"We have spent nearly three months engaging in good faith negotiations with organizers and those who are living in the camps. We've listened, discussed, and responded to their demands, and I'm proud of a number of actions that are already underway," Mayor Jim Kenney said in a statement.
Kenney said the protests have brought new attention to the magnitude of suffering endured, primarily by Black residents.
"We are committed to working together with homeless people and their many advocates and supporters for policies and programs that will make ending homelessness a reality," he said.
According to officials, actions in response to the demands include, but are not limited to:
- The city established 260 rooms in COVID Prevention Sites, which are hotels, to house individuals who are particularly at risk for COVID, including those 65 or over or with underlying medical conditions.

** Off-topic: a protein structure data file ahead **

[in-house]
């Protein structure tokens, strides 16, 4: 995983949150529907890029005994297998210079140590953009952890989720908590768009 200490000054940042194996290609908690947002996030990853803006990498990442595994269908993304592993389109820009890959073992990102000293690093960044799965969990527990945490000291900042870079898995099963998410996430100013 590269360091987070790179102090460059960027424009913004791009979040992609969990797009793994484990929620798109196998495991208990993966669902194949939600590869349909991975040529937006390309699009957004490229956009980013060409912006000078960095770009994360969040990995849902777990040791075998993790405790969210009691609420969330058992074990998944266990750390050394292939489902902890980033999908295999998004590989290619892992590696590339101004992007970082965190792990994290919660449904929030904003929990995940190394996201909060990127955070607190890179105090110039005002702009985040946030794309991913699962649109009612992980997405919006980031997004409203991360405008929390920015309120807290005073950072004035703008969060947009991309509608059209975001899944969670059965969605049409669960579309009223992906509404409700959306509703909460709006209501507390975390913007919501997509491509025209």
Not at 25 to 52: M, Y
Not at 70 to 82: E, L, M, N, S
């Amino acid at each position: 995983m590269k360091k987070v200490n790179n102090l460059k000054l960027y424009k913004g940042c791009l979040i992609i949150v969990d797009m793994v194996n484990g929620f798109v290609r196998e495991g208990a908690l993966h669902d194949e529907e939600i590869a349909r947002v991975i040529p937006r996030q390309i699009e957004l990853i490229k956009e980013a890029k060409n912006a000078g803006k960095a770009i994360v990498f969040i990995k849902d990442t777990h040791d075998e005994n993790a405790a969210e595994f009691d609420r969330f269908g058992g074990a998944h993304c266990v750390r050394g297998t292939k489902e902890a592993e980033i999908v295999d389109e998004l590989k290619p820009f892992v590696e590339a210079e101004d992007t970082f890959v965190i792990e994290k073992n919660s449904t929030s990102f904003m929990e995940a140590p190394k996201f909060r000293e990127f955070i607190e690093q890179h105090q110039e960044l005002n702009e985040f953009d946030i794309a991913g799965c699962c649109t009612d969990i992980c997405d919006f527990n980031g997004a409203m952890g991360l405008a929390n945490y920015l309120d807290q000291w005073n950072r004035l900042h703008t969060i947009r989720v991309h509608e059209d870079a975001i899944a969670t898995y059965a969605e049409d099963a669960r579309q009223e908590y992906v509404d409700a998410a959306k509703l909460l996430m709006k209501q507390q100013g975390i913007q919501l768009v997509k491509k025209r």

- Planning is underway for a pilot Tiny House Village.
- The city is establishing a new Rapid Rehousing Program (up to two years of rental assistance) for individuals currently living on the street.
According to officials, new federal funds have been made available to create additional long-term housing opportunities. The city estimates that 900-1,400 new long-term housing units will be created to house people who are currently unhoused, of very low or no income, and/or with disabilities.
As of Aug. 28, 111 people have accepted housing - some at residential treatment centers, some in shelters and others at one of the COVID Prevention Sites, officials said.
Erected in protest for housing on June 10, the encampment at Von Colln Park has grown to anywhere from 100 to 200 people.
There is also an encampment in the Azalea Gardens behind the Philadelphia Museum of Art.